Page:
The government of Finland has awarded 2 million euros (US$2.9 million) to the four-nation Mekong River Commission (MRC) to help develop the MRC hydropower program and two other river-related programs.
Finland Ambassador H.E. Lars Backstrom and MRC Officer in Charge Do Manh Hung signed the funding agreement November 7 in Vientiane.
The agreement allots 1 million euros (US$1.4 million) to enable MRC to start up its hydropower program, which is to promote efficient and socio-economically and environmentally appropriate development of hydropower in the MRC member countries, Cambodia, Laos, Thailand, and Vietnam.
The MRC estimates the hydropower potential of the Lower Mekong Basin is about 30,000 MW: 13,000 MW on the mainstream, 13,000 MW on Laotian tributaries, 2,200 MW on Cambodian tributaries, and 2,000 MW on Vietnamese tributaries. To date, 11 schemes have been completed in the Lower Mekong Basin, on tributaries, totaling 1,600 MW. Mainstream projects in Yunnan Province of China, where the river is called Lancang, represent 23,000 MW, of which less than 3,000 MW has been developed. (HNN 10/12/07)
Another 750,000 euros (US$1 million) from Finland goes to a Junior Riparian Professional program to train 40 young professionals at MRC over four years as part of MRC capacity building. The final 250,000 euros (US$366,000) is for MRC’s Water Management Trust Fund that enables the agency to respond to short-term needs of member countries.
Hung thanked the Finland government for its continued support of Mekong programs. He said Finland already agreed this year to provide more than US$8 million to support implementation of MRC’s new Information and Knowledge Management Program.
In October, the government of Denmark awarded 3 million kroner (US$535,000) to the MRC to support capacity building for integrated water resources management and strengthening the commission’s management capacity.
Groups urge Mekong commission to protect against six dam proposals
A letter was sent to the Mekong River Commission November 12 by 201 organizations and individuals from 30 countries urging the MRC to protect against proposals to build six dams on the mainstream of the Mekong River.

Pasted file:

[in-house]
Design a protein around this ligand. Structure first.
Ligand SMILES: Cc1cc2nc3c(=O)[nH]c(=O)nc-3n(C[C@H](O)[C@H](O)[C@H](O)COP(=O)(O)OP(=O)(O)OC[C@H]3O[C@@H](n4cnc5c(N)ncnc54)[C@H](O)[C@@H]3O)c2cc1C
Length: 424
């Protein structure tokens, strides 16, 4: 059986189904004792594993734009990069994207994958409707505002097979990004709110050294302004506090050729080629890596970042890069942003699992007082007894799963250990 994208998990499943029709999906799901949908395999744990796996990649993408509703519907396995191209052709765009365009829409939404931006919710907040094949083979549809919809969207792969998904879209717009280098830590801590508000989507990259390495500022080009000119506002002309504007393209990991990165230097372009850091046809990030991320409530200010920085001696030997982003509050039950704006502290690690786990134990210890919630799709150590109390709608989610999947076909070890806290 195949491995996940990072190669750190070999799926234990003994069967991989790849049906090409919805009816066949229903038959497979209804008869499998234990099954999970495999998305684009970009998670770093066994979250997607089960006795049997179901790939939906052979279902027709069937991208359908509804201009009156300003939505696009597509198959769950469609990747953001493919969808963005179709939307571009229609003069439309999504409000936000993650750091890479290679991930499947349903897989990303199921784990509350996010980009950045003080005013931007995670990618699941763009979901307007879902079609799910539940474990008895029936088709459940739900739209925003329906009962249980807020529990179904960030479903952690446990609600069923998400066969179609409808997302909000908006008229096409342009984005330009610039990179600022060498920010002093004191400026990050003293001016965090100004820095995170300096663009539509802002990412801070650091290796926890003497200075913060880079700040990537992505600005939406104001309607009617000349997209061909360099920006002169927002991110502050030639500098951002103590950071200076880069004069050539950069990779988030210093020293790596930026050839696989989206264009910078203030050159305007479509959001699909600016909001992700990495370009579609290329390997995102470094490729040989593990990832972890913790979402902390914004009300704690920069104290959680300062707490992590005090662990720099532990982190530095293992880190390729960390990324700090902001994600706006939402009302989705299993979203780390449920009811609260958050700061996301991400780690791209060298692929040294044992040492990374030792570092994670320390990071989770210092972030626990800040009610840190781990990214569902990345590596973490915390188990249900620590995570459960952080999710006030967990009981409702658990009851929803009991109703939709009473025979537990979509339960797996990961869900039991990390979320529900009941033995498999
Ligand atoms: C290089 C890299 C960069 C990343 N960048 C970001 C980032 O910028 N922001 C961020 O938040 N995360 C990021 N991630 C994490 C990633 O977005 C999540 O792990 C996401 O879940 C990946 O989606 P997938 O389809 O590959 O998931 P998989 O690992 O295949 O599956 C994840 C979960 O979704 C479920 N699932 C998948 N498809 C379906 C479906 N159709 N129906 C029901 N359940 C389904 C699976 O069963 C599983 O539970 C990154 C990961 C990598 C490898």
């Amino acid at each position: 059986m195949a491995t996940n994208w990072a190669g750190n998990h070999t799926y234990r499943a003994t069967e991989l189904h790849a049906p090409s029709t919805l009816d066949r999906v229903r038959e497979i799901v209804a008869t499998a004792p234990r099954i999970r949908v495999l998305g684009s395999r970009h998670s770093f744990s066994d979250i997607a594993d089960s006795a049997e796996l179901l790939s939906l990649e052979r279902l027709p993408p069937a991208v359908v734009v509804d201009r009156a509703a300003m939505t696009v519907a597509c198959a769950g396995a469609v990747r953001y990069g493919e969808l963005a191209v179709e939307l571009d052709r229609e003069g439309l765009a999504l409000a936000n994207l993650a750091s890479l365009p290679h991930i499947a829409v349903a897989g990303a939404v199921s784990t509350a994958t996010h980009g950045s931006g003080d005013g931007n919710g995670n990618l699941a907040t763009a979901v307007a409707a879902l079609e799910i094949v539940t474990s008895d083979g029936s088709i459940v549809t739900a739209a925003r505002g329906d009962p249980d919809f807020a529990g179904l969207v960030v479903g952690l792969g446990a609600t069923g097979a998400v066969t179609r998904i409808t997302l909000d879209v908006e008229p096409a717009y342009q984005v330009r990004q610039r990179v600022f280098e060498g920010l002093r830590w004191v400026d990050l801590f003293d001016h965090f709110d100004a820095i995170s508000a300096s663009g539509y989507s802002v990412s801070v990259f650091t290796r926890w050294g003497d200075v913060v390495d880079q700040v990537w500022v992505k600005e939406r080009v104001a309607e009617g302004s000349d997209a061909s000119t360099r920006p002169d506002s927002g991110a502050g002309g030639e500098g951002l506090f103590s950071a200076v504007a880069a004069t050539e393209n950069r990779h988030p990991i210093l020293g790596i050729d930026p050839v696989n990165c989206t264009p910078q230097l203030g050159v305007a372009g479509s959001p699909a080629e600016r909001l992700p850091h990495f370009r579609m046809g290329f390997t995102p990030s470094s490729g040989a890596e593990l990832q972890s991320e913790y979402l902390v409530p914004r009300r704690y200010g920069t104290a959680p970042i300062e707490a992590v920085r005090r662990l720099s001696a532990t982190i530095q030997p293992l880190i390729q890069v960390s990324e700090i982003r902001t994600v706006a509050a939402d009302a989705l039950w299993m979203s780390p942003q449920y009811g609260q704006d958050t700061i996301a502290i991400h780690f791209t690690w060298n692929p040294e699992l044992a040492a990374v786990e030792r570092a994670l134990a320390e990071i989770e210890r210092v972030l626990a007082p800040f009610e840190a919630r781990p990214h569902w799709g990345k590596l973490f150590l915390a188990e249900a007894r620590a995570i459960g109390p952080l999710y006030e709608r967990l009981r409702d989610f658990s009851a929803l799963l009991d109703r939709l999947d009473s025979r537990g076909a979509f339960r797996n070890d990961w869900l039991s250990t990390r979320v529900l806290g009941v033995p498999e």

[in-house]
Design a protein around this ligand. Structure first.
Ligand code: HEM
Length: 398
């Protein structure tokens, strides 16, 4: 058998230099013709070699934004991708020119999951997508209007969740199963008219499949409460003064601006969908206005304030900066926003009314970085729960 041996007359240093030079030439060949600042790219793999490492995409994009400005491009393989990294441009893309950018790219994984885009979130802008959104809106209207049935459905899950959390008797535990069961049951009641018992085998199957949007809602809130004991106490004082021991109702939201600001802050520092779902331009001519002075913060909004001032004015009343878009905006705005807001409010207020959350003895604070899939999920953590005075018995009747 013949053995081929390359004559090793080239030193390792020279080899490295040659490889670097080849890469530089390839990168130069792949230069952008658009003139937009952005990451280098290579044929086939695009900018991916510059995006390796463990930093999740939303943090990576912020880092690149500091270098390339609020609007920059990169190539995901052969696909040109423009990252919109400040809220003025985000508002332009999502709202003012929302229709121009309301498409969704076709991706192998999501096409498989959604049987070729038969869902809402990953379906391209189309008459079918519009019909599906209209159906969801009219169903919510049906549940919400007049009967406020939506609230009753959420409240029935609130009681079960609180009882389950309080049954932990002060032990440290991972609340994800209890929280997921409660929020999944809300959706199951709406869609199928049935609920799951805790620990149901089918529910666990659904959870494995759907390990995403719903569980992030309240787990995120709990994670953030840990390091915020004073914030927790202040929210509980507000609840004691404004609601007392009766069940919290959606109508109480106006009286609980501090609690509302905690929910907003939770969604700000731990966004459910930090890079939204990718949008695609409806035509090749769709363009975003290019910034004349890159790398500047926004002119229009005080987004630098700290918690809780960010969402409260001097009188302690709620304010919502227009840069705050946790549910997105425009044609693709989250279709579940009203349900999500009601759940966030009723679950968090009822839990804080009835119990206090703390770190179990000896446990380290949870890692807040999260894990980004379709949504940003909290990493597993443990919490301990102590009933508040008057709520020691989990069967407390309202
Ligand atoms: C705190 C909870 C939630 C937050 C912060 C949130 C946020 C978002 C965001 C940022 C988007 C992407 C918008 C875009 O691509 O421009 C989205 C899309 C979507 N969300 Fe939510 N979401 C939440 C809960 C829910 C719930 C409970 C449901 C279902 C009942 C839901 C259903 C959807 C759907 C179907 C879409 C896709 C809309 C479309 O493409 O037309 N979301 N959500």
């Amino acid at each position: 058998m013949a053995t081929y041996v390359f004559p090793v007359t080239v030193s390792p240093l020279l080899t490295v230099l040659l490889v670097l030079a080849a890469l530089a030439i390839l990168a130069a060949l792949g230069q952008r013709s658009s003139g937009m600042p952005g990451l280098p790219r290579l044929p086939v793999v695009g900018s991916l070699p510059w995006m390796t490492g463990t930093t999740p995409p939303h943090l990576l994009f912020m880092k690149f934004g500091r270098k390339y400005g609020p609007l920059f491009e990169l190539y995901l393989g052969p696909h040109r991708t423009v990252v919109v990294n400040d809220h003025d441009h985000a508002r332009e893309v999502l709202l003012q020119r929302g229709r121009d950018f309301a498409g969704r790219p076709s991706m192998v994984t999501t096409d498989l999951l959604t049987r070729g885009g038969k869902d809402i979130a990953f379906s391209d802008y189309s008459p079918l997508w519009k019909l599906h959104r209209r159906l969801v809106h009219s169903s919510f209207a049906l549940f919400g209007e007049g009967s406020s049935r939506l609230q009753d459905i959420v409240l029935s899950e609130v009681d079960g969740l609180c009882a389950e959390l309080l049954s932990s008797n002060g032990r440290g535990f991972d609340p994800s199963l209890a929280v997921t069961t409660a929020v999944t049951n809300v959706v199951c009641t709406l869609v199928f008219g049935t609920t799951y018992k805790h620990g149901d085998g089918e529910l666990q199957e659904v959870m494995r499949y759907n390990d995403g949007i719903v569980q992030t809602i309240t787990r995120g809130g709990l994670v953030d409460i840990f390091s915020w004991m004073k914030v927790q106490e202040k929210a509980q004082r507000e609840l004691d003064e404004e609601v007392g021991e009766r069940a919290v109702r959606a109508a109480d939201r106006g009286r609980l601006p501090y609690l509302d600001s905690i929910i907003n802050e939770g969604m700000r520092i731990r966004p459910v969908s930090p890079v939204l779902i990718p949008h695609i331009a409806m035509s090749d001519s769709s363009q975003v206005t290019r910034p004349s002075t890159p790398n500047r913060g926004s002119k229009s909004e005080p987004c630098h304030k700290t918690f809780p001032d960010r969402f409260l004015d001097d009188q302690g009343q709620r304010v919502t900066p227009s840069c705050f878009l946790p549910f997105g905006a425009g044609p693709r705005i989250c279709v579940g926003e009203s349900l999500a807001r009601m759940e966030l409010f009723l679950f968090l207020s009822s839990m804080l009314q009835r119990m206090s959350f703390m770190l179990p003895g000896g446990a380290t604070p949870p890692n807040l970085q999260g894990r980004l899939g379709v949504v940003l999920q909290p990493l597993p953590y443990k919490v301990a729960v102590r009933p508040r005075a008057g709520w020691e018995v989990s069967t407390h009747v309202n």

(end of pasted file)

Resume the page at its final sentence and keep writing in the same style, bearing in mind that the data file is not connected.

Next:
The environmental and citizen groups warned that the commission has failed to uphold the 1995 Mekong Agreement by taking no action on revived plans to build six dams.
�We are aware that the governments of Lao PDR, Cambodia, and Thailand have granted permission to Thai, Malaysian, and Chinese companies, to conduct feasibility studies for up to six large hydro dams on the Mekong River,� the groups wrote. �These same six sites — four in Laos, one in Cambodia, and one on the Thai-Laos border — were recommended by Canadian and French consultants in a report published by the Mekong Secretariat in Bangkok in 1994.�
The groups said the dams did not go forward at that time, at least partly because they were publicly condemned as too costly and environmentally damaging.
The group Toward Ecological Recovery and Regional Alliance (TERRA) identified the projects and development permissions as:
o Don Sahong Dam (estimated at 240 MW) at Khone Falls, Champasak Province, Laos, feasibility study memorandum of understanding (MOU) in March 2006 between Mega First Corp. Bhd of Malaysia and the government of Laos;
o Xayabouri Dam, Xayabouri Province, Laos, feasibility study MOU in May 2007 between Ch. Karnchang Public Co. Ltd. of Thailand and the government of Laos;
o Paklay Dam (estimated at 1,320 MW) Xayabouri Province, Laos, feasibility study MOU in June 2007 between SinoHydro Corp. of China, China National Electronics Import, and the government of Laos (HNN 6/22/07);
o Pak Beng Dam (estimated at 972 MW) Oudomxay Province, Laos, feasibility study MOU in August 2007 between Datang International Power Generation Co. Ltd. of China and the government of Laos;
o Sambor Dam (estimated at 2,625 MW) Kratie Province, Cambodia, feasibility study MOU in October 2006 between China Southern Power Grid Co. and the government of Cambodia; and
o Ban Koum Dam (estimated at 2,050 MW) Ubon Ratchathani Province, Thailand, feasibility study commissioned by Thailand Ministry of Energy currently being conducted by Panya Consultants Co. Ltd. and Mako Consultants.
�At the very least, the MRC should be providing some measure of professional oversight and technical assessment of the proposed dam projects,� the groups wrote, �including an open and participatory review of the feasibility studies prepared by Thai, Malaysian, and Chinese dam builders.�